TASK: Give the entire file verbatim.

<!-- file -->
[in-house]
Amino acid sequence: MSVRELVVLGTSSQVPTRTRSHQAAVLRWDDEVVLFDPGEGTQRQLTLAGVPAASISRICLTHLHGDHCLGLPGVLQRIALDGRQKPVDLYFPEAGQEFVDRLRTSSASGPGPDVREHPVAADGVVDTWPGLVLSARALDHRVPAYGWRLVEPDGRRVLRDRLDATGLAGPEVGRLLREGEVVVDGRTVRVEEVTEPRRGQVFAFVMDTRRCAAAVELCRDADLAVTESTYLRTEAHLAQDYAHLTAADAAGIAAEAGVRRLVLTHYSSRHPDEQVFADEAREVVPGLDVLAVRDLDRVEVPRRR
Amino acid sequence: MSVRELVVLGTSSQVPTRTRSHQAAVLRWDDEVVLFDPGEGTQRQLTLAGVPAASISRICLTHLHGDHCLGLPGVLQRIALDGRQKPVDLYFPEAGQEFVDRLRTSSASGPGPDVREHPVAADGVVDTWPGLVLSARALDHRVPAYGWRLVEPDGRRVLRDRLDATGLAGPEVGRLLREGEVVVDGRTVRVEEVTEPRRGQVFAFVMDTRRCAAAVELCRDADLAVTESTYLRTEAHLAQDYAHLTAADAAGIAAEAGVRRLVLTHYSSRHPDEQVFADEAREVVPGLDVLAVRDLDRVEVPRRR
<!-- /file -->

[in-house]
Amino acid sequence: MSVRELVVLGTSSQVPTRTRSHQAAVLRWDDEVVLFDPGEGTQRQLTLAGVPAASISRICLTHLHGDHCLGLPGVLQRIALDGRQKPVDLYFPEAGQEFVDRLRTSSASGPGPDVREHPVAADGVVDTWPGLVLSARALDHRVPAYGWRLVEPDGRRVLRDRLDATGLAGPEVGRLLREGEVVVDGRTVRVEEVTEPRRGQVFAFVMDTRRCAAAVELCRDADLAVTESTYLRTEAHLAQDYAHLTAADAAGIAAEAGVRRLVLTHYSSRHPDEQVFADEAREVVPGLDVLAVRDLDRVEVPRRR
Amino acid sequence: MSVRELVVLGTSSQVPTRTRSHQAAVLRWDDEVVLFDPGEGTQRQLTLAGVPAASISRICLTHLHGDHCLGLPGVLQRIALDGRQKPVDLYFPEAGQEFVDRLRTSSASGPGPDVREHPVAADGVVDTWPGLVLSARALDHRVPAYGWRLVEPDGRRVLRDRLDATGLAGPEVGRLLREGEVVVDGRTVRVEEVTEPRRGQVFAFVMDTRRCAAAVELCRDADLAVTESTYLRTEAHLAQDYAHLTAADAAGIAAEAGVRRLVLTHYSSRHPDEQVFADEAREVVPGLDVLAVRDLDRVEVPRRR